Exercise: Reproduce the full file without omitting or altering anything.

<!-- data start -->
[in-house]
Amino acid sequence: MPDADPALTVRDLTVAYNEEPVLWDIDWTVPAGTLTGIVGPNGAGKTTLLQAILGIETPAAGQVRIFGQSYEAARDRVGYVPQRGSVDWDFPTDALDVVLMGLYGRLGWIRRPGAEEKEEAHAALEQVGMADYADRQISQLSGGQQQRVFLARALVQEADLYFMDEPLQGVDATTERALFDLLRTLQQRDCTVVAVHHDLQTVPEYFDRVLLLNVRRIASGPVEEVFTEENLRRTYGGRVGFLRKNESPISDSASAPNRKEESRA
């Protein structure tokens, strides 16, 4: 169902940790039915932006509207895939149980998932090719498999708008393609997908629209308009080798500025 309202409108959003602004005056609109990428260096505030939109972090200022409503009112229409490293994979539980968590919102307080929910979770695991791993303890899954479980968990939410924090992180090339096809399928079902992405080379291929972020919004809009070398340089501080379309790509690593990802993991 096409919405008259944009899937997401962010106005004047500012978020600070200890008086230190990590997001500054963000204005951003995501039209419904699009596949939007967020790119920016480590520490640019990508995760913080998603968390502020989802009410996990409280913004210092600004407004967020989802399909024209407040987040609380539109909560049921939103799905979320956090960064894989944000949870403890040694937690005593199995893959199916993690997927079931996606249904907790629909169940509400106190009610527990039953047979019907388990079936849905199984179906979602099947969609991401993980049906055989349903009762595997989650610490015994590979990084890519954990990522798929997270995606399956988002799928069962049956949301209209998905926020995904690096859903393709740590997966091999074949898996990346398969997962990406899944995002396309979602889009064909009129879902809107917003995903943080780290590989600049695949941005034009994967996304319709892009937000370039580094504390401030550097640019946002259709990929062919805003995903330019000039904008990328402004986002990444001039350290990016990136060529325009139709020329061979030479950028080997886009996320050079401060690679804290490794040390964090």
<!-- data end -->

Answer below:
[in-house]
Amino acid sequence: MPDADPALTVRDLTVAYNEEPVLWDIDWTVPAGTLTGIVGPNGAGKTTLLQAILGIETPAAGQVRIFGQSYEAARDRVGYVPQRGSVDWDFPTDALDVVLMGLYGRLGWIRRPGAEEKEEAHAALEQVGMADYADRQISQLSGGQQQRVFLARALVQEADLYFMDEPLQGVDATTERALFDLLRTLQQRDCTVVAVHHDLQTVPEYFDRVLLLNVRRIASGPVEEVFTEENLRRTYGGRVGFLRKNESPISDSASAPNRKEESRA
């Protein structure tokens, strides 16, 4: 169902940790039915932006509207895939149980998932090719498999708008393609997908629209308009080798500025 309202409108959003602004005056609109990428260096505030939109972090200022409503009112229409490293994979539980968590919102307080929910979770695991791993303890899954479980968990939410924090992180090339096809399928079902992405080379291929972020919004809009070398340089501080379309790509690593990802993991 096409919405008259944009899937997401962010106005004047500012978020600070200890008086230190990590997001500054963000204005951003995501039209419904699009596949939007967020790119920016480590520490640019990508995760913080998603968390502020989802009410996990409280913004210092600004407004967020989802399909024209407040987040609380539109909560049921939103799905979320956090960064894989944000949870403890040694937690005593199995893959199916993690997927079931996606249904907790629909169940509400106190009610527990039953047979019907388990079936849905199984179906979602099947969609991401993980049906055989349903009762595997989650610490015994590979990084890519954990990522798929997270995606399956988002799928069962049956949301209209998905926020995904690096859903393709740590997966091999074949898996990346398969997962990406899944995002396309979602889009064909009129879902809107917003995903943080780290590989600049695949941005034009994967996304319709892009937000370039580094504390401030550097640019946002259709990929062919805003995903330019000039904008990328402004986002990444001039350290990016990136060529325009139709020329061979030479950028080997886009996320050079401060690679804290490794040390964090």